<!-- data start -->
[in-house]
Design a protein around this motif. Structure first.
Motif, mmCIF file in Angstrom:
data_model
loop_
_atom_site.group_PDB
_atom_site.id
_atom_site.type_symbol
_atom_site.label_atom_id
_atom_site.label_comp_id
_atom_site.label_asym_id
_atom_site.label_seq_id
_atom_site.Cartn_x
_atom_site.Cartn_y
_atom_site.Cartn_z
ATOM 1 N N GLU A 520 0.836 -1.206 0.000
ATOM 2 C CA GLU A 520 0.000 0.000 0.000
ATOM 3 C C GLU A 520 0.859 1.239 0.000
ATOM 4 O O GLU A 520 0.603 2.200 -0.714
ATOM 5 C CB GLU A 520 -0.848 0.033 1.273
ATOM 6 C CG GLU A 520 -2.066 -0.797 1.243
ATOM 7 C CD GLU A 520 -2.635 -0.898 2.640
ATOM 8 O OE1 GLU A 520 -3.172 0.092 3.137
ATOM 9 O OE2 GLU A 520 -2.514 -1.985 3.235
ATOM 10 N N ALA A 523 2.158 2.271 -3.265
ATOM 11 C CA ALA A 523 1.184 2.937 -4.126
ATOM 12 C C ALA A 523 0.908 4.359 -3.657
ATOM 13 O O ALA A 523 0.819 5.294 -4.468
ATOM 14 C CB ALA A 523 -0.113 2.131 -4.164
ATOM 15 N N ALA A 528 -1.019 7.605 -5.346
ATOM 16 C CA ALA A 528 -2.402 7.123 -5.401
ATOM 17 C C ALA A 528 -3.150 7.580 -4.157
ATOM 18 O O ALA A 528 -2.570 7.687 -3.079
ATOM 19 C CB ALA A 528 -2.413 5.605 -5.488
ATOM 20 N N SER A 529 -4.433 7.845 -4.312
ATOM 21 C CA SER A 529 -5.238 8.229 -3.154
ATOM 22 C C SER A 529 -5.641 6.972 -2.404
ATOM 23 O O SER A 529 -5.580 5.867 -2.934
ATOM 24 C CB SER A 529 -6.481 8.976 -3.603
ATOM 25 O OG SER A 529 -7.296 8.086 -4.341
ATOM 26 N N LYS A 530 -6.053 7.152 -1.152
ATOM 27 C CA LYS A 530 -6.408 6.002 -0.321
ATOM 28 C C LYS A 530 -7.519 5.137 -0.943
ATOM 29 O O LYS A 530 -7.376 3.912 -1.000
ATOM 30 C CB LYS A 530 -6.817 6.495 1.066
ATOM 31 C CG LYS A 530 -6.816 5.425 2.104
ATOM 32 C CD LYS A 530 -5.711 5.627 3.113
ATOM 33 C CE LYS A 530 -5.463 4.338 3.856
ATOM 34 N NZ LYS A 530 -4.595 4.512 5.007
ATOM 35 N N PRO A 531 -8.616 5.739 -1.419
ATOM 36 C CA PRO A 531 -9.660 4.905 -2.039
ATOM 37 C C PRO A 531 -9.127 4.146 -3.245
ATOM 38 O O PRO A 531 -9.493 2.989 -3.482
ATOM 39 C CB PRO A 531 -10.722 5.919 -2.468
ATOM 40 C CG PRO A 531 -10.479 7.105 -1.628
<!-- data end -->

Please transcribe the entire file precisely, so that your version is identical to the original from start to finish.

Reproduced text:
[in-house]
Design a protein around this motif. Structure first.
Motif, mmCIF file in Angstrom:
data_model
loop_
_atom_site.group_PDB
_atom_site.id
_atom_site.type_symbol
_atom_site.label_atom_id
_atom_site.label_comp_id
_atom_site.label_asym_id
_atom_site.label_seq_id
_atom_site.Cartn_x
_atom_site.Cartn_y
_atom_site.Cartn_z
ATOM 1 N N GLU A 520 0.836 -1.206 0.000
ATOM 2 C CA GLU A 520 0.000 0.000 0.000
ATOM 3 C C GLU A 520 0.859 1.239 0.000
ATOM 4 O O GLU A 520 0.603 2.200 -0.714
ATOM 5 C CB GLU A 520 -0.848 0.033 1.273
ATOM 6 C CG GLU A 520 -2.066 -0.797 1.243
ATOM 7 C CD GLU A 520 -2.635 -0.898 2.640
ATOM 8 O OE1 GLU A 520 -3.172 0.092 3.137
ATOM 9 O OE2 GLU A 520 -2.514 -1.985 3.235
ATOM 10 N N ALA A 523 2.158 2.271 -3.265
ATOM 11 C CA ALA A 523 1.184 2.937 -4.126
ATOM 12 C C ALA A 523 0.908 4.359 -3.657
ATOM 13 O O ALA A 523 0.819 5.294 -4.468
ATOM 14 C CB ALA A 523 -0.113 2.131 -4.164
ATOM 15 N N ALA A 528 -1.019 7.605 -5.346
ATOM 16 C CA ALA A 528 -2.402 7.123 -5.401
ATOM 17 C C ALA A 528 -3.150 7.580 -4.157
ATOM 18 O O ALA A 528 -2.570 7.687 -3.079
ATOM 19 C CB ALA A 528 -2.413 5.605 -5.488
ATOM 20 N N SER A 529 -4.433 7.845 -4.312
ATOM 21 C CA SER A 529 -5.238 8.229 -3.154
ATOM 22 C C SER A 529 -5.641 6.972 -2.404
ATOM 23 O O SER A 529 -5.580 5.867 -2.934
ATOM 24 C CB SER A 529 -6.481 8.976 -3.603
ATOM 25 O OG SER A 529 -7.296 8.086 -4.341
ATOM 26 N N LYS A 530 -6.053 7.152 -1.152
ATOM 27 C CA LYS A 530 -6.408 6.002 -0.321
ATOM 28 C C LYS A 530 -7.519 5.137 -0.943
ATOM 29 O O LYS A 530 -7.376 3.912 -1.000
ATOM 30 C CB LYS A 530 -6.817 6.495 1.066
ATOM 31 C CG LYS A 530 -6.816 5.425 2.104
ATOM 32 C CD LYS A 530 -5.711 5.627 3.113
ATOM 33 C CE LYS A 530 -5.463 4.338 3.856
ATOM 34 N NZ LYS A 530 -4.595 4.512 5.007
ATOM 35 N N PRO A 531 -8.616 5.739 -1.419
ATOM 36 C CA PRO A 531 -9.660 4.905 -2.039
ATOM 37 C C PRO A 531 -9.127 4.146 -3.245
ATOM 38 O O PRO A 531 -9.493 2.989 -3.482
ATOM 39 C CB PRO A 531 -10.722 5.919 -2.468
ATOM 40 C CG PRO A 531 -10.479 7.105 -1.628